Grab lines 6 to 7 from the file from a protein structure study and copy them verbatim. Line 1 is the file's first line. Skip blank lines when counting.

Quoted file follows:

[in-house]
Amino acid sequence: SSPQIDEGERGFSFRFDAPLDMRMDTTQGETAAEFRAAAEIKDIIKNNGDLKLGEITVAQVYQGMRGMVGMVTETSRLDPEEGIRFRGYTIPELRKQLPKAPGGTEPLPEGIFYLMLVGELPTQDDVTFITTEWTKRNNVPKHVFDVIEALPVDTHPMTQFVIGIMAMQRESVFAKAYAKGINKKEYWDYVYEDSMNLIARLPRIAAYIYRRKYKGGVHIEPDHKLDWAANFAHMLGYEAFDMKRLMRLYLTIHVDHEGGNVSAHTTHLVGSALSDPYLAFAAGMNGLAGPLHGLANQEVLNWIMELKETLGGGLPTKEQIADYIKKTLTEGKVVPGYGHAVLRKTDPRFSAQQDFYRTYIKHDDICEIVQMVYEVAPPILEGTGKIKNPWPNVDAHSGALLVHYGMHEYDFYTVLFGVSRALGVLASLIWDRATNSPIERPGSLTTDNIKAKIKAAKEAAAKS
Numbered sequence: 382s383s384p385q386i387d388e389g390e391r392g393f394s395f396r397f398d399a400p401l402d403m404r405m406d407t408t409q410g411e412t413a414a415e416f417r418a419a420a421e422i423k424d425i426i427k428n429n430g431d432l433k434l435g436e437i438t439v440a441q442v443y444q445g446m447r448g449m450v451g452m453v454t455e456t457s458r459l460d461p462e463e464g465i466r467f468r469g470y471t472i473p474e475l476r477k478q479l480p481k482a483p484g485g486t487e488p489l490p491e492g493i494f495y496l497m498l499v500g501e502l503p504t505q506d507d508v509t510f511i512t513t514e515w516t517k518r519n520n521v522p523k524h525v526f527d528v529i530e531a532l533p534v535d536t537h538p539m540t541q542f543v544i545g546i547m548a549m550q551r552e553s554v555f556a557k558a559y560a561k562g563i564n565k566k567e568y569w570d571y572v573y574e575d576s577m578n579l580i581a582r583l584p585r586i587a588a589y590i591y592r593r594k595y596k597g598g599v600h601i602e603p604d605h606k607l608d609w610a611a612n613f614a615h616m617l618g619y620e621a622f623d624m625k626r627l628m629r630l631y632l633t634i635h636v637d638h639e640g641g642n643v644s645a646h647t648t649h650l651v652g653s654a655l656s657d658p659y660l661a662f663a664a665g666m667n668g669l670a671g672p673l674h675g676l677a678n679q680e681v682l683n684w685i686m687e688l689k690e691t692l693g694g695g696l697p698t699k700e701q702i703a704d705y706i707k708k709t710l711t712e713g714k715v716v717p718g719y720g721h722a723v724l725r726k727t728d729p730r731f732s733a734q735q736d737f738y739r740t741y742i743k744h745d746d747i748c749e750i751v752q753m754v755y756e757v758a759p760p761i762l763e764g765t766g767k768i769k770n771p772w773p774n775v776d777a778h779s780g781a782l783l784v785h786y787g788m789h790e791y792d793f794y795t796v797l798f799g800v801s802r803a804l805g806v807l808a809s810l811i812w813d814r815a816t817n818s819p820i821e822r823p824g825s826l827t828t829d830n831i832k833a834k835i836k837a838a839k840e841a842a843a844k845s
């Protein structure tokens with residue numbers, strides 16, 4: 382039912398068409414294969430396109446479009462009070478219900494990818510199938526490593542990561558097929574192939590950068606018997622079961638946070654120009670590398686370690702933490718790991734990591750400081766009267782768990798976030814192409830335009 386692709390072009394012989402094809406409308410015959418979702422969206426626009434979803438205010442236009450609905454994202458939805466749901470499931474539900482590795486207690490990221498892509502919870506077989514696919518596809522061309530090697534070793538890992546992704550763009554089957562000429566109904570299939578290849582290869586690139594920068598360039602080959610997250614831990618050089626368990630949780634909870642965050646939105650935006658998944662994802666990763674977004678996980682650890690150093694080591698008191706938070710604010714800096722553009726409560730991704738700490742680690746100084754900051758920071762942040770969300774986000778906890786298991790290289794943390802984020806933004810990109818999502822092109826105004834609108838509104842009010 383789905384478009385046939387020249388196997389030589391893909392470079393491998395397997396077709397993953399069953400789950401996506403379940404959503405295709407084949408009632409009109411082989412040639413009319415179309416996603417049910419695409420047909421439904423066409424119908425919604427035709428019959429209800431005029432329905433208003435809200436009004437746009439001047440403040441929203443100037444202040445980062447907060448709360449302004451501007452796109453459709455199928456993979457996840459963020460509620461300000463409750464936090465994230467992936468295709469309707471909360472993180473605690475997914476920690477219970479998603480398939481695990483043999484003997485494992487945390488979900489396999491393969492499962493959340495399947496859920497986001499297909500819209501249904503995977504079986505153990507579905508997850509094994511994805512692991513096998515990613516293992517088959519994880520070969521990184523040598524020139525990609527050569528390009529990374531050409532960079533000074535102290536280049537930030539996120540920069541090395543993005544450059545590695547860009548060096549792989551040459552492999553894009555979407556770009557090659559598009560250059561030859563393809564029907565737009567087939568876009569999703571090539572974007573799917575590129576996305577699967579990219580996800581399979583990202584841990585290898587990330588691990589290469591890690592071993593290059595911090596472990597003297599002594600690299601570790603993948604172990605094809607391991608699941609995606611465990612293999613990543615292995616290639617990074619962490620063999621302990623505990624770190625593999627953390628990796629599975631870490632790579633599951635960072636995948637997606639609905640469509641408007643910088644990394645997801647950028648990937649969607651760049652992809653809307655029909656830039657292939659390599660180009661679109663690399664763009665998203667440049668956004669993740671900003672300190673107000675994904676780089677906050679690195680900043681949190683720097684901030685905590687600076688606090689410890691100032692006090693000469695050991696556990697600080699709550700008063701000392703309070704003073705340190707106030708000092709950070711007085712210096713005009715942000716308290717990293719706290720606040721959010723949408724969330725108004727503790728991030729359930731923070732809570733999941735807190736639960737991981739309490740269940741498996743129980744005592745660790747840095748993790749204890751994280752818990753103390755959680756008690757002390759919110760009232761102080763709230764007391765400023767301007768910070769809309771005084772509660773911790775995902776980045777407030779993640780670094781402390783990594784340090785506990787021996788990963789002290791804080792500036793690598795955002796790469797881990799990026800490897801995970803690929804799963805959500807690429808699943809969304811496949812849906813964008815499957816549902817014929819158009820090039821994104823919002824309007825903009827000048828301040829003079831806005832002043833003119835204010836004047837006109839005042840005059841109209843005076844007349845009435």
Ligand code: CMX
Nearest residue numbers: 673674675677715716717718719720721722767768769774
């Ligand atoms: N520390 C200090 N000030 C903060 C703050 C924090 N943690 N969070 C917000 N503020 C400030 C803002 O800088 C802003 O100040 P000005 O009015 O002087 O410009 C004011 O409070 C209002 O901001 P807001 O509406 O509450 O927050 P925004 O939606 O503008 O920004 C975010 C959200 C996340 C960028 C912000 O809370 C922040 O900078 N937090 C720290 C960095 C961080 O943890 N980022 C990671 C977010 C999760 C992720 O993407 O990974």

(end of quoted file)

Nearest residue numbers: 673674675677715716717718719720721722767768769774
């Ligand atoms: N520390 C200090 N000030 C903060 C703050 C924090 N943690 N969070 C917000 N503020 C400030 C803002 O800088 C802003 O100040 P000005 O009015 O002087 O410009 C004011 O409070 C209002 O901001 P807001 O509406 O509450 O927050 P925004 O939606 O503008 O920004 C975010 C959200 C996340 C960028 C912000 O809370 C922040 O900078 N937090 C720290 C960095 C961080 O943890 N980022 C990671 C977010 C999760 C992720 O993407 O990974």